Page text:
I have been hoping that the tides, weather, and schedules would all align properly so I could get out to Bogue Inlet on a July morning while the waters are still calm. Today we pulled away from our dock about twenty minutes until ten. One of the reasons that I enjoy getting out before the winds pick up is the smooth ride down the White Oak River. This morning there was not even a ripple on the White Oak. We did around 32 mph all the way to bridge at Swansboro where we slowed to go through the harbor. I stopped long enough in the harbor to cast at a bluefish chasing fish on the surface, but my lure was ignored so we made our way through the harbor and swung east into the Intracoastal and got back up on plane until we got to the no wake zone at the Wildlife Resources Ramp. After passing through that zone, we resumed speed and passed a catamaran under power also headed east.
It was not long before we were making a sweeping turn into the channel to the Inlet. There was still really no traffic or waves so we made great time. We were turning to look for the fishing hole I found last week just after 10 AM.

It took just a few more minutes for my fishing buddy Dean to throw the anchor out. We had lines in the water shortly after that. I am actually amazed that it is so easy to get to a great fishing spot.

A fair amount of planning goes into our fishing trips, but a lot of the preparation has been reduced to a routine. Most of the long range planning involves schedules. Then I watch the weather and tides. When things seem to be coming together, I call Dean the night before. He can usually get a day off as long as he calls in the night before.

The next morning, I make a run to Clyde Phillips for some shrimp. I usually buy nice shrimp for bait since we cook up whatever is left over after fishing. I will often stop at Dudley's Marina for some hooks and my favorite Gulps, which are white plastic mullets that the flounder seem to favor. Then I stop by the automated ice machine on Highway 58 and get three bags of ice.

After I get home, I start loading the boat. I usually put the ice and the shrimp cooler on first. Next I will get my two tackle buckets and my one tackle bag. Then I have two floating bags that I bring on board. One has a waterproof box with all my boat papers including the report from my latest Coast Guard check about a week ago. The other floating bag has a waterproof pouch with my fishing license, driver's license, credit card, and $20. I usually bring the GPS and emergency radio on board in that bag. I have a plastic container that protects the connectors for the GPS. When I put the GPS in place, I stow the container in the floating bag.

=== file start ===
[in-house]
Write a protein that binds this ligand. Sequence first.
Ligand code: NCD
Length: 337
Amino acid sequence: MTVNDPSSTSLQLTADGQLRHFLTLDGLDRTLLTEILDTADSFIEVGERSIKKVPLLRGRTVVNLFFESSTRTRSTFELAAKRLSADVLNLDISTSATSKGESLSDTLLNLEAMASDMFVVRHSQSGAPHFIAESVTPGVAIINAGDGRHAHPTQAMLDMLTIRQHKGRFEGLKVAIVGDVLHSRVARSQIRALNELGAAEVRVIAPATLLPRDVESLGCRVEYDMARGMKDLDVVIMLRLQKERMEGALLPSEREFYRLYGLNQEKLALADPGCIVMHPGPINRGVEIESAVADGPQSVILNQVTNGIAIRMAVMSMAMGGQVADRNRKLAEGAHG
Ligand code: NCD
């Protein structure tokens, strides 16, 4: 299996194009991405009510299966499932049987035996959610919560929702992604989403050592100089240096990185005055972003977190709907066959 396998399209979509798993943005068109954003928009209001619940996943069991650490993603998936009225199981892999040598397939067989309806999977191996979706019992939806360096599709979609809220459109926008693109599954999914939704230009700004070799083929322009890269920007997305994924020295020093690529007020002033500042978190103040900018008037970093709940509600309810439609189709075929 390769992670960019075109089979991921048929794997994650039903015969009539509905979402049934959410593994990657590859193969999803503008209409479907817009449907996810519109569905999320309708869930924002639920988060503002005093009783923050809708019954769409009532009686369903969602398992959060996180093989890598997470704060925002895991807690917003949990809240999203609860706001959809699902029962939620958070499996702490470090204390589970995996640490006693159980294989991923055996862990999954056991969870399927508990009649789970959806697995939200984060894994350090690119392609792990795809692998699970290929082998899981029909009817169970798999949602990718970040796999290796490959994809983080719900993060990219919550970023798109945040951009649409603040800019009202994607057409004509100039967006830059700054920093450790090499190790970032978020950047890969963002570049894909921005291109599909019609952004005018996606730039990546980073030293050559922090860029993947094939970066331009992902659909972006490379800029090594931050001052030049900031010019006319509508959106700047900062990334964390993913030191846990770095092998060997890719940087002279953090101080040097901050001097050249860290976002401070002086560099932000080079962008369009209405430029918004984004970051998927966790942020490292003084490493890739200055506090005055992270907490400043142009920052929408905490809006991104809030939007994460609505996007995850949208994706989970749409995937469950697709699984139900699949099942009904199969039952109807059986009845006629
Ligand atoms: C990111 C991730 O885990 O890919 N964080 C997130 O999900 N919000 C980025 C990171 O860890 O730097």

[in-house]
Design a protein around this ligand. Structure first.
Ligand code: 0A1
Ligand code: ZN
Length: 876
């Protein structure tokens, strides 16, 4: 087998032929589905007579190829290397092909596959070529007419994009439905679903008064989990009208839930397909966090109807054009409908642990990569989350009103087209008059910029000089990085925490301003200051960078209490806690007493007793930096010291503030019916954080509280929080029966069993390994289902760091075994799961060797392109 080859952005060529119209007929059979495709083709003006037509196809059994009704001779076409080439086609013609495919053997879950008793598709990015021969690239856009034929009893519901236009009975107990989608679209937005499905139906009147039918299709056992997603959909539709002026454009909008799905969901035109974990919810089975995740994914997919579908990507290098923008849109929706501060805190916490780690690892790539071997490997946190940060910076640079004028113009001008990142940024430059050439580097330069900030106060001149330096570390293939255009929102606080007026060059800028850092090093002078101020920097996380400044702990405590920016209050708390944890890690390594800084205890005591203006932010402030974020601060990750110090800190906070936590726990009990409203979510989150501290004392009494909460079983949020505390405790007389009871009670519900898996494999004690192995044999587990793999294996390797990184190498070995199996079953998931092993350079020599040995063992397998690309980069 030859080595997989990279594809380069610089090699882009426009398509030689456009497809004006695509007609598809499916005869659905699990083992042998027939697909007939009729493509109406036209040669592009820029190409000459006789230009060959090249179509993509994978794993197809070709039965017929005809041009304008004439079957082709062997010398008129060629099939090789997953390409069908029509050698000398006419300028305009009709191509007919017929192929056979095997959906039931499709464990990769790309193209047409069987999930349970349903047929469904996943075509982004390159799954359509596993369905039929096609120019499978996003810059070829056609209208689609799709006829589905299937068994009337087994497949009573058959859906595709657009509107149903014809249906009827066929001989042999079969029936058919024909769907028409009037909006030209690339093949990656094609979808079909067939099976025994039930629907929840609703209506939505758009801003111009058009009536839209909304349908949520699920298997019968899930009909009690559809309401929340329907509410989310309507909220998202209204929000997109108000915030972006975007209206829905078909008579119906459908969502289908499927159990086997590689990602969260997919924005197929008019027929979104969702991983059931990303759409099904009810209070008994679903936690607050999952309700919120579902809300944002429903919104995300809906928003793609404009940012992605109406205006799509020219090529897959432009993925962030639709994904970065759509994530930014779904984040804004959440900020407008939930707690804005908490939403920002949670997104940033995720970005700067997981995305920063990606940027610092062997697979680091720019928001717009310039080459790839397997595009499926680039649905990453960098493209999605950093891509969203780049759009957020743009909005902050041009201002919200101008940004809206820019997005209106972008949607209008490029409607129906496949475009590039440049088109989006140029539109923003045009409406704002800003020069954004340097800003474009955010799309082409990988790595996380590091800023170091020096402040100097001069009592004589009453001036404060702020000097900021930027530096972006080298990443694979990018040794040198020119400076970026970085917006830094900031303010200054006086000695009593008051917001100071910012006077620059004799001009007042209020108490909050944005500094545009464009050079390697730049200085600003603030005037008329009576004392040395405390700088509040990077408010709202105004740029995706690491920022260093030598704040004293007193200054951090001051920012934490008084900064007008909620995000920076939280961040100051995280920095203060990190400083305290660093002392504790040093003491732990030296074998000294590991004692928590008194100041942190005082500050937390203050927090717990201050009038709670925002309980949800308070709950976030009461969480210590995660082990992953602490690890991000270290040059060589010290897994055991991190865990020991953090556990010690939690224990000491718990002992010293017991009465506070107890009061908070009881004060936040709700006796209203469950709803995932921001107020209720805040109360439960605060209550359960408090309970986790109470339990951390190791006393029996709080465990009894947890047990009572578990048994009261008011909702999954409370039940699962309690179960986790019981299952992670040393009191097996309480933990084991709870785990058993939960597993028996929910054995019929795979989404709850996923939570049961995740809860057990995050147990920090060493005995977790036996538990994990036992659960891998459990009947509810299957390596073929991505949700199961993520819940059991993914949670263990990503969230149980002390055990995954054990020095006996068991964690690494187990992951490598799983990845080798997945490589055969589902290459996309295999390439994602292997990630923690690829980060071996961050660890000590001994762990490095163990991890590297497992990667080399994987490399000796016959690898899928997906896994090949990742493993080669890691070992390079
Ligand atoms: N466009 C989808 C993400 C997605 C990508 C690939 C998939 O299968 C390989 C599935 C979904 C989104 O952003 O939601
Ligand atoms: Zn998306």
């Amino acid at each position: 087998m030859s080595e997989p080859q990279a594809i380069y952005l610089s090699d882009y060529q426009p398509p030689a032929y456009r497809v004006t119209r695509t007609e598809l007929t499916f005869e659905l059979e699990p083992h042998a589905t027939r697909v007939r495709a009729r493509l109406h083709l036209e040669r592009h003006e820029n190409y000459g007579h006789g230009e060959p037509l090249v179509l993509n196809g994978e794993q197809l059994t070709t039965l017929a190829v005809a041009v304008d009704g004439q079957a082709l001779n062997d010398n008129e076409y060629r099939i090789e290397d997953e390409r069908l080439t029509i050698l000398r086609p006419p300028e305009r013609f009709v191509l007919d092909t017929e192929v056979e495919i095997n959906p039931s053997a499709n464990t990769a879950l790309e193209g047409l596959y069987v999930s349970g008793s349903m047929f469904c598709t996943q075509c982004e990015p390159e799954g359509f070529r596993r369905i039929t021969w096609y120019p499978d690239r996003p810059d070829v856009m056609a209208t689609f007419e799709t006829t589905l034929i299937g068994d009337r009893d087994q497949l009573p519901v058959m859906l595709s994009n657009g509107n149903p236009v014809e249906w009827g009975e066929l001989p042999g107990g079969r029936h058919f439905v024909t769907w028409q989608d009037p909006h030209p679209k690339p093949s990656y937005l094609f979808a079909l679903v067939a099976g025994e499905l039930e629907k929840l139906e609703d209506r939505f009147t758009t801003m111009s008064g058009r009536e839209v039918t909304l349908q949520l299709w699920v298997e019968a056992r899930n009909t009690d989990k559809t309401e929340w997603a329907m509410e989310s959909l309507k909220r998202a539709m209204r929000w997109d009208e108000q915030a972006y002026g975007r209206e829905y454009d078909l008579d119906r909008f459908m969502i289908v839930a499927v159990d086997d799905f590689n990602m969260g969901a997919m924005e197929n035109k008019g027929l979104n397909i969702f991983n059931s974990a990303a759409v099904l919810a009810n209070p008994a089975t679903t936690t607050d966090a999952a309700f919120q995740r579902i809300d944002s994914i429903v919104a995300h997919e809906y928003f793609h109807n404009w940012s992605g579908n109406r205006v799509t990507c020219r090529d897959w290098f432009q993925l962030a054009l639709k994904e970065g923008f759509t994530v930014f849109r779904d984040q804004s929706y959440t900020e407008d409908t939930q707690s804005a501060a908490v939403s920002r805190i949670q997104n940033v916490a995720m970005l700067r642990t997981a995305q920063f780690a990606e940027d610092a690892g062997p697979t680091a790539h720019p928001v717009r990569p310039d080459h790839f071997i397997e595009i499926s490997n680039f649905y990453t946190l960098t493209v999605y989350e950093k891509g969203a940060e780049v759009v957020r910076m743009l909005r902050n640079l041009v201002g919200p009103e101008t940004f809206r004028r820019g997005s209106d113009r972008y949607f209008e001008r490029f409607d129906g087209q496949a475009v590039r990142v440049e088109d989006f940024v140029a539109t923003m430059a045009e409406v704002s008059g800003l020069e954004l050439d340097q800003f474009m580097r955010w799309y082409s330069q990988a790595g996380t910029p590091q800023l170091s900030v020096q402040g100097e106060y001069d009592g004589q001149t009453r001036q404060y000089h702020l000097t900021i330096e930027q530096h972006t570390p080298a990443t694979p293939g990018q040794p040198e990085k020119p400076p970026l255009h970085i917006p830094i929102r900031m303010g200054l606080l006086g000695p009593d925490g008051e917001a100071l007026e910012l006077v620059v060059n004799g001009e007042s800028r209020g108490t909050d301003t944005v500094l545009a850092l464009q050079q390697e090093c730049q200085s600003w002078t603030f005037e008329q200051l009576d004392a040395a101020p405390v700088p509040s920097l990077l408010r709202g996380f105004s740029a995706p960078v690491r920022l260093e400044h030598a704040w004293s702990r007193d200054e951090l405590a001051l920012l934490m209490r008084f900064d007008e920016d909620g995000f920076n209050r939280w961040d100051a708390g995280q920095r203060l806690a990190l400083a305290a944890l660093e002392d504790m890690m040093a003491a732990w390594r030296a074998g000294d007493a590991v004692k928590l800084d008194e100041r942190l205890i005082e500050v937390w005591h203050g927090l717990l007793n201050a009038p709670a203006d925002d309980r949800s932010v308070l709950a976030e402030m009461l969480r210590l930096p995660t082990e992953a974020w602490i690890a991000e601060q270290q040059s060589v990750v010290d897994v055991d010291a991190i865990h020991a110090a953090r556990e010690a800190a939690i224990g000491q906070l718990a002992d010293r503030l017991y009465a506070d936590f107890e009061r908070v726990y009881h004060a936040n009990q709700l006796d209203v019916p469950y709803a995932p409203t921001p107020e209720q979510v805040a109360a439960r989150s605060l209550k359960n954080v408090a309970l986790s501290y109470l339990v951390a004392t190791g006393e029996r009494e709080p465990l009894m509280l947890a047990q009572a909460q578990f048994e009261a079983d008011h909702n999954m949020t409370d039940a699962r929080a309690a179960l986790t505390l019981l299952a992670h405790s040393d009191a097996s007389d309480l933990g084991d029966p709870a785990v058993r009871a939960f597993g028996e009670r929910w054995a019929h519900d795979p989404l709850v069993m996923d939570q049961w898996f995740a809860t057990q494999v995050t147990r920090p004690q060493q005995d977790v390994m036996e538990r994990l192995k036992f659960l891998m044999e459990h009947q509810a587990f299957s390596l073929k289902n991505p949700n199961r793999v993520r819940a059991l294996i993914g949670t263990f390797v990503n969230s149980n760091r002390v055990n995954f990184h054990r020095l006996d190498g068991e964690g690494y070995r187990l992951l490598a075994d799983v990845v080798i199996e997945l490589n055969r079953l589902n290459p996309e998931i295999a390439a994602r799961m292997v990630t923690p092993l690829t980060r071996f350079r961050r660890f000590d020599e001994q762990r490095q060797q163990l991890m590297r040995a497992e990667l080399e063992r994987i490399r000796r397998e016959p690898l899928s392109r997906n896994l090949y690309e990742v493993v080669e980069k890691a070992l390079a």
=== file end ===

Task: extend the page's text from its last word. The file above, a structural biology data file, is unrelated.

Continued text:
Next I bring on board, a two compartment bucket that has our throw pillow and with an attached line. If we are not trolling, I have just three rods that I use. Then I load some beverages and towels. I take the lines off the dock. If it has been a while since I have had the boat out, I usually have the anchor on the dock so it has to also be loaded.

Finally after counting life vests and making sure all the other safety equipment is on board, I put the plug in the boat. Dean usually gets to the dock early enough to help with the loading.

The secret to getting away easily is to leave the boat in good shape after your most recent trip. That usually means washing things down, fueling, and checking all the equipment before you call it a night.

Boating is a lot of fun, but it is also more work than you might imagine. As far as I am concerned the fun far out weighs the work.

Today was one of those great days. As I switched from driving hat to my full brimmed fishing hat, it crossed my mind that most people never get to enjoy the water like we do here on the Crystal Coast. Certainly even if they get out on the water their surroundings cannot match the beauty of Bogue Sound and Bogue Inlet and their warm waters. These are special places, and I feel blessed each time I scan the blue horizon here.

Today after we had fished a few minutes I realized that I had put us in the wrong place. We moved a little further towards Hammocks Beach and found the structure that I had located last week. We did not catch anything to write home about, but we did land a flounder, a couple of sharks, two lizardfish, some pin fish, and some croakers.

I did have the special pleasure of catching my fish with an Abu Garcia 5000 reel that I have used since I was six or seven years old. Having an an old reel like that made the fishing especially fun.

We had enough bites to keep things interesting. Three bottle nosed dolphins swam through the Inlet. The catamaran that we had passed came out the Inlet and headed out into the ocean. We caught fish, watched people play on the nearby low water beach, and enjoyed the warm breeze.

We even got to see someone power his vee bottomed boat up onto the beach. They then managed to nap in the sun for an hour or so. Of course putting your boat on a beach when the tide is going out is not a particularly good idea. As we were motoring away, we saw them gather up a dozen people to try to push their boat back in the water. The boat looked to be pretty high and dry to me. I suspect the 9 PM high tide would be the best hope for getting the boat off the beach.